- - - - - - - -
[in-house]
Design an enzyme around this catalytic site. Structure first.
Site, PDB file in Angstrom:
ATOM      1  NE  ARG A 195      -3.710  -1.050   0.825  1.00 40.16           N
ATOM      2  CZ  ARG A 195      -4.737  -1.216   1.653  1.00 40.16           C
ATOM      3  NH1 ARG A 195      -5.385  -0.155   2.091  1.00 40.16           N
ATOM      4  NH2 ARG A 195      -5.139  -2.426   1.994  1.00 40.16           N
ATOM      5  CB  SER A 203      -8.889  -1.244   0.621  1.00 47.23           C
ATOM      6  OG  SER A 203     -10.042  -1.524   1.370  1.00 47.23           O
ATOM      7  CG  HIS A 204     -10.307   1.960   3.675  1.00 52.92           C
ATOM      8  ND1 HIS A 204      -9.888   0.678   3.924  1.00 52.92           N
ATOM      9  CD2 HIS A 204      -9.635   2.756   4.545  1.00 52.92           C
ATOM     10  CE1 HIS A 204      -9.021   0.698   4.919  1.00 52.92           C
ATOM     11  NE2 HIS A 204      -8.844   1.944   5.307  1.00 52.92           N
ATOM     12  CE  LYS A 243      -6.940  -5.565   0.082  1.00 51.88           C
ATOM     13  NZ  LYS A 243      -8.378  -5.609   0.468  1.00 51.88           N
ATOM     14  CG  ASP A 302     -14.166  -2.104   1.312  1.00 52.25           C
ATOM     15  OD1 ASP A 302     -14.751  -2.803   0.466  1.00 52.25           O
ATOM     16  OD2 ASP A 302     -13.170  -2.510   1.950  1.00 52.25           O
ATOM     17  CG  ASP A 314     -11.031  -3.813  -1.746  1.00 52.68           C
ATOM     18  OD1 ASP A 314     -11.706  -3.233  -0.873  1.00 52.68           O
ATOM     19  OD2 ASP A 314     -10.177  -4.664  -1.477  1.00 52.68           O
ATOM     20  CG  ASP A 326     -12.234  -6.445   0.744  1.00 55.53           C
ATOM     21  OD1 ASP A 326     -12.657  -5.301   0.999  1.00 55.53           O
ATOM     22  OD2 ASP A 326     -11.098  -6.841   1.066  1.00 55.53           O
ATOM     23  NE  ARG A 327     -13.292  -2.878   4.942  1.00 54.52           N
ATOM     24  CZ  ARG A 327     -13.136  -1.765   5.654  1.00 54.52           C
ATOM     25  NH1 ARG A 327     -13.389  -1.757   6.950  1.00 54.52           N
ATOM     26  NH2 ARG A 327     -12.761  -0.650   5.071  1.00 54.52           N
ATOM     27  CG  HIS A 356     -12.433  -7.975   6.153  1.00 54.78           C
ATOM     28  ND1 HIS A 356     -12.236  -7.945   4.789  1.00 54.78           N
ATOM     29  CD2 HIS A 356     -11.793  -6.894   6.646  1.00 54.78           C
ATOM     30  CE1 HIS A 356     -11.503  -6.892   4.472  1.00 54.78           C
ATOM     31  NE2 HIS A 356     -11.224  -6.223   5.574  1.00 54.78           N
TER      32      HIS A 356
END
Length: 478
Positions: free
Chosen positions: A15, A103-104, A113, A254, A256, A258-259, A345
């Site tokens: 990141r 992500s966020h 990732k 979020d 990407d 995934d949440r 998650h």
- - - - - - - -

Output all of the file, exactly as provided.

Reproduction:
[in-house]
Design an enzyme around this catalytic site. Structure first.
Site, PDB file in Angstrom:
ATOM      1  NE  ARG A 195      -3.710  -1.050   0.825  1.00 40.16           N
ATOM      2  CZ  ARG A 195      -4.737  -1.216   1.653  1.00 40.16           C
ATOM      3  NH1 ARG A 195      -5.385  -0.155   2.091  1.00 40.16           N
ATOM      4  NH2 ARG A 195      -5.139  -2.426   1.994  1.00 40.16           N
ATOM      5  CB  SER A 203      -8.889  -1.244   0.621  1.00 47.23           C
ATOM      6  OG  SER A 203     -10.042  -1.524   1.370  1.00 47.23           O
ATOM      7  CG  HIS A 204     -10.307   1.960   3.675  1.00 52.92           C
ATOM      8  ND1 HIS A 204      -9.888   0.678   3.924  1.00 52.92           N
ATOM      9  CD2 HIS A 204      -9.635   2.756   4.545  1.00 52.92           C
ATOM     10  CE1 HIS A 204      -9.021   0.698   4.919  1.00 52.92           C
ATOM     11  NE2 HIS A 204      -8.844   1.944   5.307  1.00 52.92           N
ATOM     12  CE  LYS A 243      -6.940  -5.565   0.082  1.00 51.88           C
ATOM     13  NZ  LYS A 243      -8.378  -5.609   0.468  1.00 51.88           N
ATOM     14  CG  ASP A 302     -14.166  -2.104   1.312  1.00 52.25           C
ATOM     15  OD1 ASP A 302     -14.751  -2.803   0.466  1.00 52.25           O
ATOM     16  OD2 ASP A 302     -13.170  -2.510   1.950  1.00 52.25           O
ATOM     17  CG  ASP A 314     -11.031  -3.813  -1.746  1.00 52.68           C
ATOM     18  OD1 ASP A 314     -11.706  -3.233  -0.873  1.00 52.68           O
ATOM     19  OD2 ASP A 314     -10.177  -4.664  -1.477  1.00 52.68           O
ATOM     20  CG  ASP A 326     -12.234  -6.445   0.744  1.00 55.53           C
ATOM     21  OD1 ASP A 326     -12.657  -5.301   0.999  1.00 55.53           O
ATOM     22  OD2 ASP A 326     -11.098  -6.841   1.066  1.00 55.53           O
ATOM     23  NE  ARG A 327     -13.292  -2.878   4.942  1.00 54.52           N
ATOM     24  CZ  ARG A 327     -13.136  -1.765   5.654  1.00 54.52           C
ATOM     25  NH1 ARG A 327     -13.389  -1.757   6.950  1.00 54.52           N
ATOM     26  NH2 ARG A 327     -12.761  -0.650   5.071  1.00 54.52           N
ATOM     27  CG  HIS A 356     -12.433  -7.975   6.153  1.00 54.78           C
ATOM     28  ND1 HIS A 356     -12.236  -7.945   4.789  1.00 54.78           N
ATOM     29  CD2 HIS A 356     -11.793  -6.894   6.646  1.00 54.78           C
ATOM     30  CE1 HIS A 356     -11.503  -6.892   4.472  1.00 54.78           C
ATOM     31  NE2 HIS A 356     -11.224  -6.223   5.574  1.00 54.78           N
TER      32      HIS A 356
END
Length: 478
Positions: free
Chosen positions: A15, A103-104, A113, A254, A256, A258-259, A345
């Site tokens: 990141r 992500s966020h 990732k 979020d 990407d 995934d949440r 998650h």